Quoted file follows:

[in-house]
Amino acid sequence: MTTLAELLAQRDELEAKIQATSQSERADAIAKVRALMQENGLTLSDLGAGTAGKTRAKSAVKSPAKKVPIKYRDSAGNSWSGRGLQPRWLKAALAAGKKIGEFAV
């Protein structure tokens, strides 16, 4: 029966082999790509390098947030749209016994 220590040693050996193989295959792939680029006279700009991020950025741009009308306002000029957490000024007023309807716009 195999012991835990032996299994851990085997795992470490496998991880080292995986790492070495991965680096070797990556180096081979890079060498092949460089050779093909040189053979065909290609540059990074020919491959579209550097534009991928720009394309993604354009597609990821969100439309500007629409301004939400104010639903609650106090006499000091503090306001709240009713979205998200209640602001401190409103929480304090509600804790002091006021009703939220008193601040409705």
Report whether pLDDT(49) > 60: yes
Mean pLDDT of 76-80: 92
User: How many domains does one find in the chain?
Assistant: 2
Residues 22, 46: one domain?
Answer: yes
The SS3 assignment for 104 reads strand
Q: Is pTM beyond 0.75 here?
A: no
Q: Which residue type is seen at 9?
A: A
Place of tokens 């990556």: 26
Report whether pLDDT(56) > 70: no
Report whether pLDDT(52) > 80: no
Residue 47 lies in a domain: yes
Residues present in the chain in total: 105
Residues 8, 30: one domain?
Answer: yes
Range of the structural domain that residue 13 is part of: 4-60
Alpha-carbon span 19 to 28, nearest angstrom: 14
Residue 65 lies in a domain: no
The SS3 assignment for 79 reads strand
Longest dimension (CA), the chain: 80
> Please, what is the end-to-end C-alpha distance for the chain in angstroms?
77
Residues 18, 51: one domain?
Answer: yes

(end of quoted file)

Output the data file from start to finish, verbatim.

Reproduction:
[in-house]
Amino acid sequence: MTTLAELLAQRDELEAKIQATSQSERADAIAKVRALMQENGLTLSDLGAGTAGKTRAKSAVKSPAKKVPIKYRDSAGNSWSGRGLQPRWLKAALAAGKKIGEFAV
């Protein structure tokens, strides 16, 4: 029966082999790509390098947030749209016994 220590040693050996193989295959792939680029006279700009991020950025741009009308306002000029957490000024007023309807716009 195999012991835990032996299994851990085997795992470490496998991880080292995986790492070495991965680096070797990556180096081979890079060498092949460089050779093909040189053979065909290609540059990074020919491959579209550097534009991928720009394309993604354009597609990821969100439309500007629409301004939400104010639903609650106090006499000091503090306001709240009713979205998200209640602001401190409103929480304090509600804790002091006021009703939220008193601040409705």
Report whether pLDDT(49) > 60: yes
Mean pLDDT of 76-80: 92
User: How many domains does one find in the chain?
Assistant: 2
Residues 22, 46: one domain?
Answer: yes
The SS3 assignment for 104 reads strand
Q: Is pTM beyond 0.75 here?
A: no
Q: Which residue type is seen at 9?
A: A
Place of tokens 């990556």: 26
Report whether pLDDT(56) > 70: no
Report whether pLDDT(52) > 80: no
Residue 47 lies in a domain: yes
Residues present in the chain in total: 105
Residues 8, 30: one domain?
Answer: yes
Range of the structural domain that residue 13 is part of: 4-60
Alpha-carbon span 19 to 28, nearest angstrom: 14
Residue 65 lies in a domain: no
The SS3 assignment for 79 reads strand
Longest dimension (CA), the chain: 80
> Please, what is the end-to-end C-alpha distance for the chain in angstroms?
77
Residues 18, 51: one domain?
Answer: yes